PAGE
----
Green Communities Offer An Eco Friendly Lifestyle
Green communities aren’t new. For centuries, humans led simple, almost Spartan lives that left a much smaller mark on the environment. Modern life, while more comfortable, has also stretched the planet’s resources.
Green communities aim to reverse some of that impact. The concept is simple: living and working in ways that produce less pollution and ease the strain modern life has put on the environment. Like the terms “smart growth” and “sustainable growth,” green communities have become a buzzword of the early 21st Century.
Green communities don’t seek a return to harsher, albeit more environmentally friendly times. Proponents of green communities don’t advocate the elimination of travel or electricity – only working on ways to still have those modern conveniences while sustaining our resources.
Green communities vary in size
Green communities can be as large as cities or neighborhoods, or as small as single homes. They adopt environmentally-friendly methods for everything from home construction to job creation.
Green communities are designed with an eye to using recycled materials. They have aggressive recycling programs. They put an emphasis on community gardens, where food is grown organically. They promote extensive green spaces, both because the trees produce oxygen and reduce the impacts of smog and pollution and because they are pleasing to the eye. Wide scale use of solar energy is encouraged, as is sustainable development, job growth, even tourism. What good is creating an economy, the thinking goes, if the environment cannot easily support it?
Here are some other highpoints of green communities:
- Transportation: Green communities are designed with walking or riding bicycles in mind. There is less sprawl; homes are build closer to each other. Sidewalks and bike paths are a must. The greater population density makes mass transit more feasible.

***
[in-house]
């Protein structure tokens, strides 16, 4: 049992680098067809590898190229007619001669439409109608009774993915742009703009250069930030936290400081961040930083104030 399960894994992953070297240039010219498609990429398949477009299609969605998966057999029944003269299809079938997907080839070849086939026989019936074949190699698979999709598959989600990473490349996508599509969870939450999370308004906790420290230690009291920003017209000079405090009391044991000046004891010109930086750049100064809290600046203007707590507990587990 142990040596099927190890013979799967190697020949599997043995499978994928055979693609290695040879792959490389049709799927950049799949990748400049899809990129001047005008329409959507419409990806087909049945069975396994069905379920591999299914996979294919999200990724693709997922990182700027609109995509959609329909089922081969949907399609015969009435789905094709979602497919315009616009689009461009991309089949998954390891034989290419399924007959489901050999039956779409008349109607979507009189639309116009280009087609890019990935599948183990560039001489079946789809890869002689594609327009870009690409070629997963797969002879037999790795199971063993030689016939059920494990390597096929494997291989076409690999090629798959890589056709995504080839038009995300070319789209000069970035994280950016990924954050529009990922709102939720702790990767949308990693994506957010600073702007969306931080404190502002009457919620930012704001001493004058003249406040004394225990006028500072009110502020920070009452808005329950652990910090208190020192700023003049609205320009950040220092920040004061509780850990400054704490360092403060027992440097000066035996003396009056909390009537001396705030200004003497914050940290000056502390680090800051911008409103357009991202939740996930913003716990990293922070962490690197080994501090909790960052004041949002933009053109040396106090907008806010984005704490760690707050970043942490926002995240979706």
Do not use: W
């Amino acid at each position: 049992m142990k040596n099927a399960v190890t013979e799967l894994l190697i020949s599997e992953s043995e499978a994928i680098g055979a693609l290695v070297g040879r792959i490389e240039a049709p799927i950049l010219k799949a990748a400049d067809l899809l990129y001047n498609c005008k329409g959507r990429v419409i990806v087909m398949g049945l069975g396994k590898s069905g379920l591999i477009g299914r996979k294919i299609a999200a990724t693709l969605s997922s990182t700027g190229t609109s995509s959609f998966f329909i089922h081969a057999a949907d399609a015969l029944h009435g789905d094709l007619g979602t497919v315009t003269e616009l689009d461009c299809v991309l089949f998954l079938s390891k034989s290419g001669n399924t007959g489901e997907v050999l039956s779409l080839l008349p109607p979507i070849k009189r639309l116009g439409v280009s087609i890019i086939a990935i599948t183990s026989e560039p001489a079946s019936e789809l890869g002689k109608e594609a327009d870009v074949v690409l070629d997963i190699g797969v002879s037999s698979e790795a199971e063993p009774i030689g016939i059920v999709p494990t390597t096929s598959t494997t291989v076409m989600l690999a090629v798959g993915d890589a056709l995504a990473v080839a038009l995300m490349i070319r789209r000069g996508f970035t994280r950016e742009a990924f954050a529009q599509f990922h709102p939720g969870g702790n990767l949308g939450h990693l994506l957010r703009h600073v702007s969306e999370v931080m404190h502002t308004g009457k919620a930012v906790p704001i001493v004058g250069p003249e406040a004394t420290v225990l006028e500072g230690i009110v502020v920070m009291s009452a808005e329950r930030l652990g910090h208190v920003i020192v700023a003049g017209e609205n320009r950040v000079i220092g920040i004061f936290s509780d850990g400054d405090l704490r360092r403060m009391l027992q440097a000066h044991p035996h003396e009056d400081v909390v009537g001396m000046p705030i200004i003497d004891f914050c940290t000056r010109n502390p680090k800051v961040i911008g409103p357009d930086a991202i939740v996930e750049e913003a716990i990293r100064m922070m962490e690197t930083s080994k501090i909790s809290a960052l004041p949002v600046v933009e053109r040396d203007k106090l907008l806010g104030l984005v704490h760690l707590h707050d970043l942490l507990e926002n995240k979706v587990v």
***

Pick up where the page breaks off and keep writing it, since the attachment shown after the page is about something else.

- Land use: Because homes are built closer to each other, there is more land available for green space. The green space is used for parks or community gardens. Because there is less sprawl, there is less need for automobiles, which helps cut pollution. Government incentives help old vacant buildings gain new life.
- Trash: Recycling takes on new significance in green communities. Everything that can be reused is reused. Composting is encouraged, as food waste is turned into fertilizer.
The benefits of green communities are too numerous to quantify, experts say. Some of the solar or construction technology might cost a bit more than conventional methods, they admit, but that can be offset by the reduced energy costs homeowners in green communities pay. Other benefits are a reduction of pollution and the satisfaction of living in greater harmony with the environment.
Green communities are an eco friendly concept that’s here for the long run, experts say.